- No "Backseat Driving." Don't jump into somebody else's conversation suddenly to spot correct / make unsolicited suggestions. You can either: (A) Let them figure it out themselves, or (B) Ask nicely if they'd like some input (now, or later at lunch) and if so, get the background on their process so far & then offer suggestions.
- No subtle "-isms" -- This is more complicated and needs more specificity than it currently has. Don't say "I'm being a Nazi" to a German. Don't say, "Hey guys / dudes, etc." Make sure to include everybody in the conversation / don't avoid eye-contact in ways that exclude people or encourage impostor syndrome in women / trans people / etc.
- Q: is a subtle -ism another term for a microaggression?
On Calling People Out
- When you call someone out, how much & how are you expected to explain what went wrong, & how to bring us back to what we were doing? Need social norms for responding to call-outs in a way that doesn't derail.
- How to avoid a spiral of defensiveness when somebody gets called out?
- Develop a casual attitude toward fucking up, i.e. "This is a mistake, and I have to fix it, but it's not a disaster."
- How do you handle people being disruptive, but not actually oppressive? (Like talking too loudly or something.)
- You're not allowed to call out just to prove how politically progressive you are, esp if it's not helping the convo at hand. I.e., a "well-actually" of call-outs
- Empower everybody w/ tools for facilitation and mediation. But how do you do that with everybody constantly policing each other? (the constant policing is maybe a bigger problem online than in person)
- Every meeting starts with a mini-speech about the social rules, including how to call someone out, how to respond when someone calls you out: acknowledge you made a mistake, apologize, move on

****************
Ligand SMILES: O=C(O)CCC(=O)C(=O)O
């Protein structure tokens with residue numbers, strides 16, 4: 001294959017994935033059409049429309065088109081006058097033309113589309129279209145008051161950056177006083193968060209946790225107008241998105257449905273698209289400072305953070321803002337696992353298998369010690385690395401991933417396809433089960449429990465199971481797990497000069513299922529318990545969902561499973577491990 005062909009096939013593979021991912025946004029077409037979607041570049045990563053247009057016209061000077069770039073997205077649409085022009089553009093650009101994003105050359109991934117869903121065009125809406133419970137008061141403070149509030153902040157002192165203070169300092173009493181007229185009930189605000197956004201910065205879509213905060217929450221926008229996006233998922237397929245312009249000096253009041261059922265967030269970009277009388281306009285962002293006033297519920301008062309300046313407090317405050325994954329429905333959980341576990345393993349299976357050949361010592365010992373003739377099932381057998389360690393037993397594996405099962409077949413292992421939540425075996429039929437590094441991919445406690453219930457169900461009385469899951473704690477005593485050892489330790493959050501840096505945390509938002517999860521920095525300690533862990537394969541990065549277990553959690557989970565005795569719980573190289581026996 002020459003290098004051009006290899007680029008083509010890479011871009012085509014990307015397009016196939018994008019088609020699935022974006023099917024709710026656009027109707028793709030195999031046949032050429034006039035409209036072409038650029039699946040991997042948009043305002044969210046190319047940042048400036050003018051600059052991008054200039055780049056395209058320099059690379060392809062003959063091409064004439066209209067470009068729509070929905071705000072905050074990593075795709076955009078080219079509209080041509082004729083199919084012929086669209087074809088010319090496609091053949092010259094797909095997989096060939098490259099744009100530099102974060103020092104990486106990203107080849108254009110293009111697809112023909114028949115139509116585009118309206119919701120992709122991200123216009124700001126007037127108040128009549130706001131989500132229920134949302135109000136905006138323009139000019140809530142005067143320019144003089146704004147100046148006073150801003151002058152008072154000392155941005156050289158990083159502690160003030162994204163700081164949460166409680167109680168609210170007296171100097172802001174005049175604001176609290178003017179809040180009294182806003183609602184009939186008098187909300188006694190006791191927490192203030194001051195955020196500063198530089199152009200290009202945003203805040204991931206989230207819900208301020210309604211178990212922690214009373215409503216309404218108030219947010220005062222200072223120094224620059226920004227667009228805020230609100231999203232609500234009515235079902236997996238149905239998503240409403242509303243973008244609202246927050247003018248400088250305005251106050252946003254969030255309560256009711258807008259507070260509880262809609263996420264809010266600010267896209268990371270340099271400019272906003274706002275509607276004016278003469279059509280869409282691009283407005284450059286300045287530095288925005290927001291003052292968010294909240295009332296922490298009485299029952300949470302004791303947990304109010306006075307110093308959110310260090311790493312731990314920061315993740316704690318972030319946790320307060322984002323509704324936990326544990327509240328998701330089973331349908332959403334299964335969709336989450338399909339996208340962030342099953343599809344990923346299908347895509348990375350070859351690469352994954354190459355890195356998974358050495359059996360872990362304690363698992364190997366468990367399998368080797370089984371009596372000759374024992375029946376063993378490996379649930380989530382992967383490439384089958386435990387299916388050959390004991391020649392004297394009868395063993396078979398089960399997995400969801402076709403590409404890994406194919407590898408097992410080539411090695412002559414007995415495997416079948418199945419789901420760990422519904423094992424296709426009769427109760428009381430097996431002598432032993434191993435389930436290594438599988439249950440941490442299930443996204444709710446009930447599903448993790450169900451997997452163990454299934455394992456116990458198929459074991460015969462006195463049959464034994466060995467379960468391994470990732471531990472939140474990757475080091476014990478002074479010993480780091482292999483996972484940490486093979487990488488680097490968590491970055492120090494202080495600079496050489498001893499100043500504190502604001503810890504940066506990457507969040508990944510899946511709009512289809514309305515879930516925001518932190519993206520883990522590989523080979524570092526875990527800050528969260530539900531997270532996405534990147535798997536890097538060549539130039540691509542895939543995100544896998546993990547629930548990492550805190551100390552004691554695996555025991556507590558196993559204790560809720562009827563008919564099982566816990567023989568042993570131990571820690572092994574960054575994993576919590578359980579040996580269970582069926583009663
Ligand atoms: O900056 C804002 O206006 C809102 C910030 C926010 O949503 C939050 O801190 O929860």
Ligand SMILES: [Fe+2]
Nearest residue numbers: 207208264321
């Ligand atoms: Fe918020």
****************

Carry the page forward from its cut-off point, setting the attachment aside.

On Setting Rules
- Be specific!
- Be agile enough to deal with problems that come up that haven't been anticipated, and therefore aren't in your code of conduct.
- Rules around microaggressions, respectfulness, and acknowledgement of structural oppression, VS rules around outright harassment (gamergate-style terribleness) --- not always a bright line, but the consequences could be very different.
- If you're violating the Code of Conduct at the conference and someone reports you, they escort you out with no refund. Still need a way to discuss what's happened afterwards with the violator. (from SASS Conf)
- (as above) Every event starts with intro to the rules ... everyone must explicitly agree (as opposed to a conference where it might be on the web site but never mentioned.)
A few relevant guidelines borrowed from Queer Mental Health Initiative:
Respect each other's names, pronouns, and experiences. Avoid making judgements or assumptions about other people's experiences or identities.
- If you misgender someone, please apologize.
- Try to refrain from contradicting others' experiences. We all come from different perspectives, and we do not all have to agree. However, if someone says something that offends you, please refer to the "Ouch" rule.
"Ouch": If someone says something that upsets or offends you, say, "Ouch." Then explain what upset you using an "I" statement. Please refrain from confrontational language. The group will then talk together to reach a peaceful solution.
Step Up / Step Back:
- If you have something to add and are generally quiet, speak up! You may say something that helps someone else.
- If you are talking a lot, or giving a lot of advice, please step back. Even if you have something to add, give everyone a chance to express themselves.